Rulings on Dress Surprise The Courtier

Much as The Courtier loves Catalonia, it must be said that over the past century it has become unique among the formerly independent principalities which now constitute the Kingdom of Spain in having the most schizophrenic attitude toward modernity. Puig i Caldafach, one of Catalonia’s most important architects, was a conservative politician and a practicing Catholic, while his contemporary and another important architect of Barcelona’s revival, Domènech i Montaner, was a leader of one of the Leftist parties. Not long after the great Catalan sculptor Llimona founded the Artistic Circle of St. Luke as a place for conservative Catalan artists to gather, Picasso began to make his reputation at the Barcelona School of Fine Arts. Catalonia is filled with glorious churches stretching from the early centuries of Christianity up to the present, and yet during the Civil War of 1936-1939, Leftist Catalan fury against the Church knew no bounds, as documented in the recent “The Martyrology of the Temples”.

So it came as something of a surprise today to learn that the beach town of Salou, south of Barcelona, is starting to crack down on perceived immodesty in dress, among other things. The town council has imposed strict penalties on those who are found wearing swimsuits away from the beaches and seafront bars/restaurants, in an effort to discourage libertine behavior on the streets of the town proper. Barcelona, while not going as far as its neighbor in assessing fines against those who break such laws, is also attempting to dissuade users of the municipal beaches from wearing bikinis and the like when wandering around the city. It is believed that other Catalan beach resorts will quickly follow suit (so to speak.)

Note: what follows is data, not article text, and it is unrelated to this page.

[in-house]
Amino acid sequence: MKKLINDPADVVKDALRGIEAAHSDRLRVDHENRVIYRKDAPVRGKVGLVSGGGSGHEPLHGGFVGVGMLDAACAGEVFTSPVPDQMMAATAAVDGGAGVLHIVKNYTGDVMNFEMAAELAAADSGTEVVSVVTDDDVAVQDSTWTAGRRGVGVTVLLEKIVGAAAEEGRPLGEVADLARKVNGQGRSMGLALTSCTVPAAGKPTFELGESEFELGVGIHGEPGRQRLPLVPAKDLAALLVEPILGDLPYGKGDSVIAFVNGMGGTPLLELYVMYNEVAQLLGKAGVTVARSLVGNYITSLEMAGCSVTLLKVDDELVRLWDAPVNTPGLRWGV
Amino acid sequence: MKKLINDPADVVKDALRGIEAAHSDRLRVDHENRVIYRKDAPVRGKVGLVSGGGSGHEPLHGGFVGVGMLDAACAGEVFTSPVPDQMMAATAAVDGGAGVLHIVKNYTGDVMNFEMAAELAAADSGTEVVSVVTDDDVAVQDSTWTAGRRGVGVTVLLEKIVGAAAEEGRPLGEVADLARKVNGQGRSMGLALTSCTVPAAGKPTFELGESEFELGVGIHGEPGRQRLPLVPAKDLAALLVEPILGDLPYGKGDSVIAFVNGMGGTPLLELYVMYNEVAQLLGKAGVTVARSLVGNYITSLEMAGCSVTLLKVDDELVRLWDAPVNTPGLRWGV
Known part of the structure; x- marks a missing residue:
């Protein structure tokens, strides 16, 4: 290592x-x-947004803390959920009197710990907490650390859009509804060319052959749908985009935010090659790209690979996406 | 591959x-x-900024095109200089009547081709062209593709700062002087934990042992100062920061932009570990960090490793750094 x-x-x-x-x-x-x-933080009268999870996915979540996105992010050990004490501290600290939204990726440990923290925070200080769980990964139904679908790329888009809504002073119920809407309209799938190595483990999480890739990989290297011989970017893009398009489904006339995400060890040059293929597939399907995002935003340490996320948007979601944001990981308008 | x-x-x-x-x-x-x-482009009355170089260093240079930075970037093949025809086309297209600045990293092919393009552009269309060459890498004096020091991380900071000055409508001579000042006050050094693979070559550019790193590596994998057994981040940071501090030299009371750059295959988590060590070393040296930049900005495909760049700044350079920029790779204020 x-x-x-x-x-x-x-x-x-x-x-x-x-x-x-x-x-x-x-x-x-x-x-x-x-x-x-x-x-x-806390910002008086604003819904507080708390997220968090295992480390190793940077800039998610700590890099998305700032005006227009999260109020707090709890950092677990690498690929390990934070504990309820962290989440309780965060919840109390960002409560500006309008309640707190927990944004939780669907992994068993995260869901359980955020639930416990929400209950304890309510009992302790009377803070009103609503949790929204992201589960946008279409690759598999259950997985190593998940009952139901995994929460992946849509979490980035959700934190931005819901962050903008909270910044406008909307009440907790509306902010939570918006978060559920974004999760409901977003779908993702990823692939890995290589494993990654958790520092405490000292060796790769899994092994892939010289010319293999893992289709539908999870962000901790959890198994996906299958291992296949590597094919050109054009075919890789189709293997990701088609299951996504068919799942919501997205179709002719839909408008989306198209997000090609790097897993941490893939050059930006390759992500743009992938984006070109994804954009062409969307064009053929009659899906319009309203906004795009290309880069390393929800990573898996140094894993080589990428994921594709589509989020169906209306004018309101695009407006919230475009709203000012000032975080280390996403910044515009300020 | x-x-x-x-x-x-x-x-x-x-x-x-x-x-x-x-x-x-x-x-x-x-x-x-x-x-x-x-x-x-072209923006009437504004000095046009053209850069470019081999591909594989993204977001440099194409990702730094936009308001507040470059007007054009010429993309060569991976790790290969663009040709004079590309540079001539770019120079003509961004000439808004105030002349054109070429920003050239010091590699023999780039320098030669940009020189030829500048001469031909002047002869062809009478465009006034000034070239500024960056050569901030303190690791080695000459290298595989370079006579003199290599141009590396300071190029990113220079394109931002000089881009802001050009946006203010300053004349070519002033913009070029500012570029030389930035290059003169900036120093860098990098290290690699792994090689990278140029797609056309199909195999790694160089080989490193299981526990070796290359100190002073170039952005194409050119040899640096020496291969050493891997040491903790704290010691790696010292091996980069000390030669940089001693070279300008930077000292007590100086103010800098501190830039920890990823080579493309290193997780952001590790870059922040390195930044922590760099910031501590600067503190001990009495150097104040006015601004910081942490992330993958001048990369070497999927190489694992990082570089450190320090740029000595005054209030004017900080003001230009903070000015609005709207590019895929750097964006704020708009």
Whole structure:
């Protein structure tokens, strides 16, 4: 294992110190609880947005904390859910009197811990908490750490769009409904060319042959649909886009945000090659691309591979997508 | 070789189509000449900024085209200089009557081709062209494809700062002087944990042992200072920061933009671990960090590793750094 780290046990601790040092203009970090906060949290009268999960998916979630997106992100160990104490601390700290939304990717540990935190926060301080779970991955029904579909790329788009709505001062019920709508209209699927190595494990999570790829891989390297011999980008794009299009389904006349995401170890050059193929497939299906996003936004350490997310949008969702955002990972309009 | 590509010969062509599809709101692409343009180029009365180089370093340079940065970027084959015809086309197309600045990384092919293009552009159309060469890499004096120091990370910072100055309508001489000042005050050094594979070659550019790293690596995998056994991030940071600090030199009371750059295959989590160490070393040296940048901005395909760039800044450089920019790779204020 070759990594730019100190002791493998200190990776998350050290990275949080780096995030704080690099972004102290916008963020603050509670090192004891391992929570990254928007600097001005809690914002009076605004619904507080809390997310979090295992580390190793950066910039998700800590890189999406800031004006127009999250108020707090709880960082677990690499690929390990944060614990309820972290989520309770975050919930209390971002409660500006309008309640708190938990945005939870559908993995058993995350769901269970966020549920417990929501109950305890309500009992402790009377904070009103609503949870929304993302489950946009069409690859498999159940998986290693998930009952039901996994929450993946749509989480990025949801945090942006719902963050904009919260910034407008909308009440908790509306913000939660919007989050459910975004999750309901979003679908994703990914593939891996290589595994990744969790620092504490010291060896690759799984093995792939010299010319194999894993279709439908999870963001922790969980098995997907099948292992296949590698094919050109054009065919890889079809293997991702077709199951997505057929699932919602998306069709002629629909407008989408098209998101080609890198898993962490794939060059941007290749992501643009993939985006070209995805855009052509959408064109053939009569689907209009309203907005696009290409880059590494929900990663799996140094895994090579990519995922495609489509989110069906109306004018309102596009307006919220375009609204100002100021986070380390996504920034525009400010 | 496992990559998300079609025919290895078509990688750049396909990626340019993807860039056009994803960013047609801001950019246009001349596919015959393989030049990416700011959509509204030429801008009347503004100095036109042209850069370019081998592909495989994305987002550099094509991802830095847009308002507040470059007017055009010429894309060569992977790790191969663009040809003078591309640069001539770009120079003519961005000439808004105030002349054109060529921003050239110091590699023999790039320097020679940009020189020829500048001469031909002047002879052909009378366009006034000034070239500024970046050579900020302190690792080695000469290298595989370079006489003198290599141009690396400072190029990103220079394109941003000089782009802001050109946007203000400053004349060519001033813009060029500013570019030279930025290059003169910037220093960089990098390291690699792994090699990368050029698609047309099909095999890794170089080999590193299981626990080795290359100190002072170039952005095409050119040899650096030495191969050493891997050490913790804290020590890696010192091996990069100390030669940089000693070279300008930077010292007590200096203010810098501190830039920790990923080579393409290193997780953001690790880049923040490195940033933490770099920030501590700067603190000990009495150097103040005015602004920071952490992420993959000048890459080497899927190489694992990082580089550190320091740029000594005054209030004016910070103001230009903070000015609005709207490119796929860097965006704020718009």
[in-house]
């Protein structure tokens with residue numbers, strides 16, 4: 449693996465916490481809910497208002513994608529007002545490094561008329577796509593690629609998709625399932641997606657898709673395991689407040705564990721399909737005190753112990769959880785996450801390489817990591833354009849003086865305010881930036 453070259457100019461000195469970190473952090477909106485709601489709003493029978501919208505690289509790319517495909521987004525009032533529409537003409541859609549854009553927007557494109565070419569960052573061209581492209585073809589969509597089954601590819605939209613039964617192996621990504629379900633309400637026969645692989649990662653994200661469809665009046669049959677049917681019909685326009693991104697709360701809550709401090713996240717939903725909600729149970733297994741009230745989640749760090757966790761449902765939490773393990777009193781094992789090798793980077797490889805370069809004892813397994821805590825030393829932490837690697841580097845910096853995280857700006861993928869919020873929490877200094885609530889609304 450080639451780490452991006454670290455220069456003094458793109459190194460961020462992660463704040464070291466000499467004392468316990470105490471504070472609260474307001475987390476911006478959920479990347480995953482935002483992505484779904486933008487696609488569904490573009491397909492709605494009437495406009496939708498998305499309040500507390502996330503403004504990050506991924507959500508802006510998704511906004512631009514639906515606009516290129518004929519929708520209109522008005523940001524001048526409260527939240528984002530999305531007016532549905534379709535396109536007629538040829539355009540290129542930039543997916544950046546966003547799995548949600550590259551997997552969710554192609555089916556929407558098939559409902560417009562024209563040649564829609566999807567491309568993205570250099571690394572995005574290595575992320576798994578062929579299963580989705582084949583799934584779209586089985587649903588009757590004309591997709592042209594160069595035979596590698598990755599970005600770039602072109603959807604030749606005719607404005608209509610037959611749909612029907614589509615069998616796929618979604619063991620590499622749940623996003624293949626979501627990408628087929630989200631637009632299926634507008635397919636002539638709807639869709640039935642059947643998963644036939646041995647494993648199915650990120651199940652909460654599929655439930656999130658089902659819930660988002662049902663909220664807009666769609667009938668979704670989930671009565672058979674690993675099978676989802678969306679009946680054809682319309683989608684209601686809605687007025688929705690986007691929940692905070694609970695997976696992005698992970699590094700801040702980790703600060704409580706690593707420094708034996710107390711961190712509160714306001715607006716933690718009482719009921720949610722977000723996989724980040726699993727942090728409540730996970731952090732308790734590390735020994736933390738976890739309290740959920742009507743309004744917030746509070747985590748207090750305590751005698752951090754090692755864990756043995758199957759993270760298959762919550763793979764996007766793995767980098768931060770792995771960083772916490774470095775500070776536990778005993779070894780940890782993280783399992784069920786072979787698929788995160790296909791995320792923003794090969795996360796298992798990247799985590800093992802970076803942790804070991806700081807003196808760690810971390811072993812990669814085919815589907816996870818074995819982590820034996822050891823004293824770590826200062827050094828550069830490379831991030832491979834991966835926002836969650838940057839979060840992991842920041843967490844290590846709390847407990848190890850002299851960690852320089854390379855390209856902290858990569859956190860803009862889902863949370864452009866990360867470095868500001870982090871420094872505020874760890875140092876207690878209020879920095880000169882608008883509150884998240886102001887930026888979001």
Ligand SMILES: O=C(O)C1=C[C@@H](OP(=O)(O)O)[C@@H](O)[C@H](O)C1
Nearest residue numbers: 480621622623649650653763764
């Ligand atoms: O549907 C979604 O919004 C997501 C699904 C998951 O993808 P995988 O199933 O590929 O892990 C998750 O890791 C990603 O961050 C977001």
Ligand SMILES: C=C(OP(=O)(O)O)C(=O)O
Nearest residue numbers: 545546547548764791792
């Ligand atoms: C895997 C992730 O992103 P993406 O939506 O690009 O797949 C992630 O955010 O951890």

At the same time as they are moving against the display of too much skin, the Catalans are also taking steps against those going in the opposite direction; interestingly enough, they are the first region in Spain to do so. Barcelona, which currently has a Socialist Mayor, and the provincial capital city of Lleida recently banned the wearing of full Moslem veils in public places such as museums, schools and hospitals, while the burka has been banned for some time now in all government buildings throughout Catalonia. A recent attempt to ban the burka generally, throughout Catalonia, failed on technical grounds, but may be presented again in the Catalan Parliament.

Despite its well-deserved reputation for anarchy and unrest over the past century, there is still a broad element of Catalan society which does not appreciate extremism in public behavior. Such attitudes are more strongly concentrated in the countryside, but even in the supposedly more cosmopolitan city centers there is a definite distaste for what has happened to Catalan society over the last several decades in particular. Anyone who has been to Barcelona within the last ten years knows that the historic center of the city is overrun with a kind of extremism vacillating between the trashy to the frightening, and which is becoming truly off-putting. Perhaps the people of Catalonia are finally starting to wake up and realize what happens when they sit back and do nothing while their urban centers collapse.

The beach resort of Salou, just south of Barcelona on the Costa Daurada
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